Michael J. Casey is the head of CoinDesk's Advisory Board and a senior blockchain research adviser at MIT's Digital Currency Initiative.
The following article was originally featured in CoinDesk Weekly, a custom newsletter delivered every Sunday exclusively to our subscribers.
Given how slow Washington legislators have taken to draft a coherent, informed perception of cryptocurrency, the House Finance Services committee's rapid leap to action last week over Facebook's ambitious Libra project was remarkably quick.
But let's not reflect on the details of the Rep. Maxine Waters (D-Calif.) Urgent requests that Facebook stop working with Libra until after hearings or on how European lawmakers made similar appeal [1
Unlike bitcoin, Congress representative can directly identify and speak with those responsible for the Libra project. They can summon them and thus push them. They can start with David Marcus, head of the Facebook subsidiary Calibra, but ultimately it is Facebook
CEO Mark Zuckerberg who will give the legislators the greatest possible influence.
In this case, the buck stops with Zuck.
Now imagine a congressional leader stopping the development of bitcoin. Who exactly will they push to end an open source project involving millions of globally scattered most unidentifiable developers, miners and users?
This distinction between a project with a single identifiable figure of authority and another whose management is distributed and unmanageable with a founder who has never revealed its identity – goes to the heart of a cryptic community criticism that the initiative of the social media giants is not censorship-resistant.
When someone is responsible, an interested party – a policeman, a banker, a regulator, a shareholder – can lean on them to make changes. And when the blockchain consensus model is based on a club-like authorized membership, a coordinated effort to change or censor the big box is always possible. And if the ledger or software can be changed by this pressure, the Libra platform cannot unconditionally promise to support open, unobstructed access for users and a lawless developer environment.
Let us be clear: Our designers have thought deeply about how to protect their project from Facebook itself, both in a real sense and in the public opinion. In its commitment to decentralization, the team has put the code under an open source license, handed over the network management authority to its own Swiss base, introduced in 27 external partners to work with Facebook as independent, authorized nodes on the network, and verbally committed to transition to a leave-free model over time. It is a structure and roadmap for Libra to grow and survive regardless of its origin as a Facebook project.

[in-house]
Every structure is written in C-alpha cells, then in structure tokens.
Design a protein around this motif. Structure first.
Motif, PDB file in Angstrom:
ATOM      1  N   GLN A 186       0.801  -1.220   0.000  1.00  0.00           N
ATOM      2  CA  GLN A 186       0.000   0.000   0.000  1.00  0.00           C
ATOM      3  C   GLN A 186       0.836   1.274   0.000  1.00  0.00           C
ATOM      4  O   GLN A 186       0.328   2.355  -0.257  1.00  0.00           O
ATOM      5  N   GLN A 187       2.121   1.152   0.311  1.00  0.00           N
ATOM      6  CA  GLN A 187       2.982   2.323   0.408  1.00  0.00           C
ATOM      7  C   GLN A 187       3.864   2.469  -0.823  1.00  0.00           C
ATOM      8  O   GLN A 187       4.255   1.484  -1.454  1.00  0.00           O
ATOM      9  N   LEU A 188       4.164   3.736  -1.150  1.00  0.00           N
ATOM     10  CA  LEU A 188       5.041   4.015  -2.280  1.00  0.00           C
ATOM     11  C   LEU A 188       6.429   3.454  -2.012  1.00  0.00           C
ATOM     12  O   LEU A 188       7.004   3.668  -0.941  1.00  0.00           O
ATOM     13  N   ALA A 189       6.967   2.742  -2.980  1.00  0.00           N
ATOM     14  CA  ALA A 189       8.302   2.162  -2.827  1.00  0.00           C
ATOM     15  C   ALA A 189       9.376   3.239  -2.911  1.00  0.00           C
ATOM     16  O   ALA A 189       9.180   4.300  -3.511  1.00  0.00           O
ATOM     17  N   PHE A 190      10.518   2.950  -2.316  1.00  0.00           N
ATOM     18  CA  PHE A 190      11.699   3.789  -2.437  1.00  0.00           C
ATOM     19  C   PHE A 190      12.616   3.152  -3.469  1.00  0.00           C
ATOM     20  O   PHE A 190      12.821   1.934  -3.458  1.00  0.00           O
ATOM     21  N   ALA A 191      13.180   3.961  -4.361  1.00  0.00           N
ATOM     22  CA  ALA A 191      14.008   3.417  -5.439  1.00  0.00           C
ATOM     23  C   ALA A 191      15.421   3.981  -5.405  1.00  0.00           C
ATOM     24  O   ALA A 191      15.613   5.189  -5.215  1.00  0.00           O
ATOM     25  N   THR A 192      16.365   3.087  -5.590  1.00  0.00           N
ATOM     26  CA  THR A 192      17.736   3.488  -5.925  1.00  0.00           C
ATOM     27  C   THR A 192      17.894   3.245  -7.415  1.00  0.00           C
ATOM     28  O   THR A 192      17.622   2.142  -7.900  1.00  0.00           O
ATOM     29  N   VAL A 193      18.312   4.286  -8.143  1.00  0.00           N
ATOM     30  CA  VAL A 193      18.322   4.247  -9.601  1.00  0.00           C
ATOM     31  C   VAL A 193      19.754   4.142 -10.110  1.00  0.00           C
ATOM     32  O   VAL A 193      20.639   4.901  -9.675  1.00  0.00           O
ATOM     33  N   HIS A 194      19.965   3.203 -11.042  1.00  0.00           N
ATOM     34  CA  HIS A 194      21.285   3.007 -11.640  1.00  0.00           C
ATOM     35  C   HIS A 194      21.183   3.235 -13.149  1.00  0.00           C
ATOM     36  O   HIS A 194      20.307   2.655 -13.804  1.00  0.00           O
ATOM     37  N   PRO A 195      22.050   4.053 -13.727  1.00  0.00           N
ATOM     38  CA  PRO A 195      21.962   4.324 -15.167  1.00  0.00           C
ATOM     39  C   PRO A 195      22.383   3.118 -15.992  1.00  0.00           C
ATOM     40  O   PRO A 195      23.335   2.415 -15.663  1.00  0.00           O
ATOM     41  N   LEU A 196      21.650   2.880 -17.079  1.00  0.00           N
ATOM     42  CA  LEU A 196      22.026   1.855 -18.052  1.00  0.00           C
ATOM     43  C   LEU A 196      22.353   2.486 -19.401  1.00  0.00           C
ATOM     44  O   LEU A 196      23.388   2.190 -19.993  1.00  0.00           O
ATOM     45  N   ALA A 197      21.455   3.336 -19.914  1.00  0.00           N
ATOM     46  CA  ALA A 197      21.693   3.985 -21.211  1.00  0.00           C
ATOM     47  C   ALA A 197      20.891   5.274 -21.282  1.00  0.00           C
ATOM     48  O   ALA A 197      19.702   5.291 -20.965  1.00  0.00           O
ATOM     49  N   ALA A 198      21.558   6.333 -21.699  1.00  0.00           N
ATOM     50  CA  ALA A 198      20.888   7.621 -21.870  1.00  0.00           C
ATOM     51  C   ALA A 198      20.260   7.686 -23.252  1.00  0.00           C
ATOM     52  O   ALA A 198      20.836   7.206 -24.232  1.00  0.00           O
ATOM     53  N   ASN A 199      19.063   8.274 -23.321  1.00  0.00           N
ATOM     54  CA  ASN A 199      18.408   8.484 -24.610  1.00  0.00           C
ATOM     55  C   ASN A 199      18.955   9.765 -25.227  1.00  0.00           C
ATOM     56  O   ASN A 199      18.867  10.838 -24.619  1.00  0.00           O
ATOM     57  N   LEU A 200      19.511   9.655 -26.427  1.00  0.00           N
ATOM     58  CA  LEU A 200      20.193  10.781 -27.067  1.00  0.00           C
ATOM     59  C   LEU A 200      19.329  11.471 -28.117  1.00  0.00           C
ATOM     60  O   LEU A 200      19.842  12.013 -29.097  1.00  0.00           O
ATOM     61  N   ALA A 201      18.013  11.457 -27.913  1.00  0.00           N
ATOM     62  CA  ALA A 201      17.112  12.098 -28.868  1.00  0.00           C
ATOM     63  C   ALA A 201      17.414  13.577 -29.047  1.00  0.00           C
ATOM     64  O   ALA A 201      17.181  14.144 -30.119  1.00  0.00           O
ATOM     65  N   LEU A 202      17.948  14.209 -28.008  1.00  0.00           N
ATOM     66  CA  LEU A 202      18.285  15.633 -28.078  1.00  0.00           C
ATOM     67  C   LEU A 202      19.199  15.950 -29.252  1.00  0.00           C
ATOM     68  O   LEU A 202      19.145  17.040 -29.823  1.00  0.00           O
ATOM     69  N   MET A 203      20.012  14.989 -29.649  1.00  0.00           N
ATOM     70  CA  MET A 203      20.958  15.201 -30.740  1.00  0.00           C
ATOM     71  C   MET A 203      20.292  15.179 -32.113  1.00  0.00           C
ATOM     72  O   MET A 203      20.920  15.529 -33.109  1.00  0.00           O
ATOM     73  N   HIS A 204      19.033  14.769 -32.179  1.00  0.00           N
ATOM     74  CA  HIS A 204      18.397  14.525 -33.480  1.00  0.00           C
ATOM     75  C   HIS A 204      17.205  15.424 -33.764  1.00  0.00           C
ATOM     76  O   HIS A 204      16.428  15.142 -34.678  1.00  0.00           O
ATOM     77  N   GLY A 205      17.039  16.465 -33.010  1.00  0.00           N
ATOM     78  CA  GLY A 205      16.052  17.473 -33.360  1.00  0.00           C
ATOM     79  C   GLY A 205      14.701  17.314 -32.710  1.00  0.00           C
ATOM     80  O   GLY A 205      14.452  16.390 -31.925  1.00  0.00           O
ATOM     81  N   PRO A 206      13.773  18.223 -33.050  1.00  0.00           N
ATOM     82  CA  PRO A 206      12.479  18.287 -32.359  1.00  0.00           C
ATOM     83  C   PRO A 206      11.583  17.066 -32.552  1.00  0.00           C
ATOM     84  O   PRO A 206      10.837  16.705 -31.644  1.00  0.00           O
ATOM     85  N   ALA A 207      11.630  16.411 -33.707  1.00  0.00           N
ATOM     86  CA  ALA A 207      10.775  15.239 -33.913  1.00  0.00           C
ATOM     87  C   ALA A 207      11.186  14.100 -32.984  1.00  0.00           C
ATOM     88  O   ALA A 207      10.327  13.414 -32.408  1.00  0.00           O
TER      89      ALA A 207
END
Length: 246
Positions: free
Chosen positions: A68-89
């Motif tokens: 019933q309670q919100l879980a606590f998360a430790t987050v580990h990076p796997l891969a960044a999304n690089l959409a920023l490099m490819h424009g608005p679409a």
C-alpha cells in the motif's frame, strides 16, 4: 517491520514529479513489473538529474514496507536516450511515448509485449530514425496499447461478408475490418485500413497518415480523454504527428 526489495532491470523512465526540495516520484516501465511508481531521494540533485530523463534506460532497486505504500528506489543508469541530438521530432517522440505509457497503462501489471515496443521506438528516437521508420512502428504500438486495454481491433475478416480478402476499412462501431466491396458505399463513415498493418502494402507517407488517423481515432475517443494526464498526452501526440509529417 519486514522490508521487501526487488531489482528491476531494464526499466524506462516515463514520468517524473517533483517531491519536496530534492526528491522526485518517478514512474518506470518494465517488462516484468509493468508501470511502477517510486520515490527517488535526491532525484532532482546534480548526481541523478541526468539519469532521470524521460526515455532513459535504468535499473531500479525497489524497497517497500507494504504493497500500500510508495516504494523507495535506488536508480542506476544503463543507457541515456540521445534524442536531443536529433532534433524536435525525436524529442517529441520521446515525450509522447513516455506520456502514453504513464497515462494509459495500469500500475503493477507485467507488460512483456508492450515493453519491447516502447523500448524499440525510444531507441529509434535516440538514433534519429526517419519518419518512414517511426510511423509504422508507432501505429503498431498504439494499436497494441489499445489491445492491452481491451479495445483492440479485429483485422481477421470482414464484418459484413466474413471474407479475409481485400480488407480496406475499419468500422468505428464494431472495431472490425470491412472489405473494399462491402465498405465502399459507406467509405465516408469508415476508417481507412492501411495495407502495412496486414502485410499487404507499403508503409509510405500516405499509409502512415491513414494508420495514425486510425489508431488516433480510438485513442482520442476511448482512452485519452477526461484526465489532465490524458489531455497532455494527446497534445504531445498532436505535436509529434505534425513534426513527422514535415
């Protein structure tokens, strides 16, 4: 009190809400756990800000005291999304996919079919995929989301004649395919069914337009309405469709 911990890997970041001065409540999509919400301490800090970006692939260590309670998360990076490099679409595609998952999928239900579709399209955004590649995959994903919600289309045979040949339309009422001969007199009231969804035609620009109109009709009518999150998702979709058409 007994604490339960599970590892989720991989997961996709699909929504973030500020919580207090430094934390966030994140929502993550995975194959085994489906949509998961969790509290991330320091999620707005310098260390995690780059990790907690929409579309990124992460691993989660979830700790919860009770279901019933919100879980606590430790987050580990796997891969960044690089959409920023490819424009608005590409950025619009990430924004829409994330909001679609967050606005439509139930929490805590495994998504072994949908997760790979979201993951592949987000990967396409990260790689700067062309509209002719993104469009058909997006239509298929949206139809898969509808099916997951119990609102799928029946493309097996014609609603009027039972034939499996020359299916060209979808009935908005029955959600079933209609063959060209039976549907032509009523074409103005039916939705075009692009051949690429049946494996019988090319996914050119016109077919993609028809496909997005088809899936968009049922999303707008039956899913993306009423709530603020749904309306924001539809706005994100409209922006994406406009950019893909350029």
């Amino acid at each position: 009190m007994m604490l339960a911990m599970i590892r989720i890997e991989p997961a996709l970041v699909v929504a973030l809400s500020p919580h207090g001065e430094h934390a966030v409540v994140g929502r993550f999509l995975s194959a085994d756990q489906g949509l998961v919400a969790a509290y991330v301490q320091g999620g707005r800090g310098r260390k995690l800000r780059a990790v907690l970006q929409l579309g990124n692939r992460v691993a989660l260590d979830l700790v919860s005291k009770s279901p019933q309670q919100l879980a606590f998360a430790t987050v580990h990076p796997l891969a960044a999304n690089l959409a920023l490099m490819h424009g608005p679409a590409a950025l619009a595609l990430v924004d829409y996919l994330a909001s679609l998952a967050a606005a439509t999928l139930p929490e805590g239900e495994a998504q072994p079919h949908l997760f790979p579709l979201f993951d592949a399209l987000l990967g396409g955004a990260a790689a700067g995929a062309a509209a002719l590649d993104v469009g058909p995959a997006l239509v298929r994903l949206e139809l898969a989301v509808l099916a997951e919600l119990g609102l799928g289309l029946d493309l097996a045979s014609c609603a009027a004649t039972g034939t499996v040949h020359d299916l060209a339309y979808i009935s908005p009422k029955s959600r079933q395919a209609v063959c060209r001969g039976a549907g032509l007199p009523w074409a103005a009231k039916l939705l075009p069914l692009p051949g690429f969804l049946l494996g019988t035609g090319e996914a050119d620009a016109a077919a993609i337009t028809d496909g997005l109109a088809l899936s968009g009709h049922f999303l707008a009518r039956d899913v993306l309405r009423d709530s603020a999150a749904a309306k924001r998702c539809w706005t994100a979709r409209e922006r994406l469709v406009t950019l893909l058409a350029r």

All that is good. But we are still in the original phase, one that is and will for some time hang on the centrality of a particularly powerful company.
The Cultural Problem
With the risk of saying the obvious, Marcus and his team are paid by Facebook. Follow the money as they say. But also, follow the code.
The all-important source code of the Libra protocol is now open, but it was perceived and rendered in Facebook. So, if project managers and programmers resist or not, the culture of that organization will fully feed into Libra's design priorities.
The elephant in the room is that a drumming of recent news has shown that Facebook's corporate culture is deeply poisonous. The company's model of surveillance capitalism has made users of banks in a global game of data manipulation, cultivated echo chambers of narrowness, irreparably damaging the worthy cause of journalism, and deeply undermining our democracy.
This legacy is inevitably the reason why people, including lawmakers, are concerned that Facebook may be in the process of creating a new international model of money and payments. Right or wrong, there is a fox-in-the-henhouse optics here that is unhelpful.
Wharton Professor Kevin Werbach claimed in the New York Times this week that Facebook's weapons are a bold effort to win back public confidence by leveraging the responsibilities of blockchain technology. But in the project's initial phase, with no choice but to rely on Facebook's early input, this legacy of past mistrust could easily become a major barrier to progress.
We should support Libra, not Facebook
Whatever the above, I actually want Libra to succeed. (Note: I also want Facebook to die. It is not a contradiction, these two outcomes can and should be separate. In fact, it is at the heart of the problem.)
The wave community has set its views on achieving economic inclusion for the 2 Billions of adults worldwide who do not have bank accounts. It is a noble goal, and they are intelligently done – from a truly international, cross-border, cross-currency perspective. Take all these people into the international economy, and the payouts can be big for them and for the rest of us.
And let's face it, bitcoin has dissatisfied not to live up to its lawyers' promise of a financial inclusion solution. Bitcoin's and other cryptocurrency's impact on the $ 800 billion global money transfer market is great.
Sure, admission can rise if off-chain Lightning Network meets its promise to enable larger-scale transaction processing, if stablecoin projects solve bitcoins volatility problems, and if new encryption solutions can improve both security and user experience with crypto letters. But these solutions will take time. We must act now.
Finally, it is not quite clear that global person-to-person payments are a viable bitcoin mode of use, perhaps because too many HODLing speculators crowd out all spenders. And of course, no other payment-focused crypto competition has set a large enough cushion in the money transfer market.